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Abstract

Early American politics was largely characterized by fear, distrust, and blatant propaganda. There is perhaps no political faction that more fully embodies this fact than the Essex Junto. This essay delves into the history of this secretive faction from Essex County, Massachusetts and their impact on the post-Revolutionary period. Through analysis of both primary and secondary source material, this study seeks to decipher the true nature of the Junto, whether they wielded significant political influence or merely functioned as a useful propaganda tool for opportunistic Jeffersonians. This paper also examines the existing scholarship on this topic, mainly works created by scholars David H. Fischer and Dinah Mayo-Bobee, offering a comprehensive analysis of the true nature of the Essex Junto, the extent of their influence on political discourse, and their overall importance to the arc of American history.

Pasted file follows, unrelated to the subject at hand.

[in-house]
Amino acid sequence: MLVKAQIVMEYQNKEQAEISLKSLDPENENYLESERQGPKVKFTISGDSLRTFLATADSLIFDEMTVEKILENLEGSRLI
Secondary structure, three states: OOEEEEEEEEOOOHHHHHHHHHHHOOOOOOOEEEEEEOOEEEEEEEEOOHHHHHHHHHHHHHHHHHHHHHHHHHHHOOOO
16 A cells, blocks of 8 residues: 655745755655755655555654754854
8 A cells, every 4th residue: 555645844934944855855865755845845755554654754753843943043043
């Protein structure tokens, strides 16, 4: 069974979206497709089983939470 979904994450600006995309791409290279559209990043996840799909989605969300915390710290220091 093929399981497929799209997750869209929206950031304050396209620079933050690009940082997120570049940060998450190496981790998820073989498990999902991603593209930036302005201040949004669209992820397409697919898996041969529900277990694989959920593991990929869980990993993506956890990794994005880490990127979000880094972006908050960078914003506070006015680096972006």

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Creative Commons Attribution-Noncommercial-No Derivative Works 4.0 License
This work is licensed under a Creative Commons Attribution-Noncommercial-No Derivative Works 4.0 License.

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